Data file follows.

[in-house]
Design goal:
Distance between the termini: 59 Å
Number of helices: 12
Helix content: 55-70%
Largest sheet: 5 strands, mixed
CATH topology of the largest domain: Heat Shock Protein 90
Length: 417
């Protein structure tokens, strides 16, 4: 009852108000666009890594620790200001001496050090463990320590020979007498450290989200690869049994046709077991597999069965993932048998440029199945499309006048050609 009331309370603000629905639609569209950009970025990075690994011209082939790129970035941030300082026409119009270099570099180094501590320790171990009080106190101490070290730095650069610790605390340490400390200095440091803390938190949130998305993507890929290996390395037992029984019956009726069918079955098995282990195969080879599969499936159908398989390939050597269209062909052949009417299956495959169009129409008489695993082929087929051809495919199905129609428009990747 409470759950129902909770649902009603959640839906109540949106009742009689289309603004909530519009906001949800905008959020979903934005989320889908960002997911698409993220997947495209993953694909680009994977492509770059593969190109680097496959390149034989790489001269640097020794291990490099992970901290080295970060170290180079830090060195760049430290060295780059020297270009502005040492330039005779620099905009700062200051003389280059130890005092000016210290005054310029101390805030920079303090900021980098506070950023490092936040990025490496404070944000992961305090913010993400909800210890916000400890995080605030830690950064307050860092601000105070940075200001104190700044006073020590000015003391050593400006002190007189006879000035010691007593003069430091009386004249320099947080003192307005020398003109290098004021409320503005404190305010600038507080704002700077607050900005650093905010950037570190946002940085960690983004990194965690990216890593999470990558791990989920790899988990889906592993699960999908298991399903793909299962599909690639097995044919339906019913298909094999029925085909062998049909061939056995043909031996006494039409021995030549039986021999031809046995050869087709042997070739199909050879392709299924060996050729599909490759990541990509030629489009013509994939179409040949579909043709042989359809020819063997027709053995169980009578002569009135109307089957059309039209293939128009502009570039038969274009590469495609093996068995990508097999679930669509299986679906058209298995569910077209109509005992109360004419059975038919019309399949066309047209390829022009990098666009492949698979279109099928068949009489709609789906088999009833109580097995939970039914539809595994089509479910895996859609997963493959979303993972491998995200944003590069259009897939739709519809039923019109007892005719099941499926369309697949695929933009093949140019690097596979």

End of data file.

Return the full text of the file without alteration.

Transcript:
[in-house]
Design goal:
Distance between the termini: 59 Å
Number of helices: 12
Helix content: 55-70%
Largest sheet: 5 strands, mixed
CATH topology of the largest domain: Heat Shock Protein 90
Length: 417
């Protein structure tokens, strides 16, 4: 009852108000666009890594620790200001001496050090463990320590020979007498450290989200690869049994046709077991597999069965993932048998440029199945499309006048050609 009331309370603000629905639609569209950009970025990075690994011209082939790129970035941030300082026409119009270099570099180094501590320790171990009080106190101490070290730095650069610790605390340490400390200095440091803390938190949130998305993507890929290996390395037992029984019956009726069918079955098995282990195969080879599969499936159908398989390939050597269209062909052949009417299956495959169009129409008489695993082929087929051809495919199905129609428009990747 409470759950129902909770649902009603959640839906109540949106009742009689289309603004909530519009906001949800905008959020979903934005989320889908960002997911698409993220997947495209993953694909680009994977492509770059593969190109680097496959390149034989790489001269640097020794291990490099992970901290080295970060170290180079830090060195760049430290060295780059020297270009502005040492330039005779620099905009700062200051003389280059130890005092000016210290005054310029101390805030920079303090900021980098506070950023490092936040990025490496404070944000992961305090913010993400909800210890916000400890995080605030830690950064307050860092601000105070940075200001104190700044006073020590000015003391050593400006002190007189006879000035010691007593003069430091009386004249320099947080003192307005020398003109290098004021409320503005404190305010600038507080704002700077607050900005650093905010950037570190946002940085960690983004990194965690990216890593999470990558791990989920790899988990889906592993699960999908298991399903793909299962599909690639097995044919339906019913298909094999029925085909062998049909061939056995043909031996006494039409021995030549039986021999031809046995050869087709042997070739199909050879392709299924060996050729599909490759990541990509030629489009013509994939179409040949579909043709042989359809020819063997027709053995169980009578002569009135109307089957059309039209293939128009502009570039038969274009590469495609093996068995990508097999679930669509299986679906058209298995569910077209109509005992109360004419059975038919019309399949066309047209390829022009990098666009492949698979279109099928068949009489709609789906088999009833109580097995939970039914539809595994089509479910895996859609997963493959979303993972491998995200944003590069259009897939739709519809039923019109007892005719099941499926369309697949695929933009093949140019690097596979």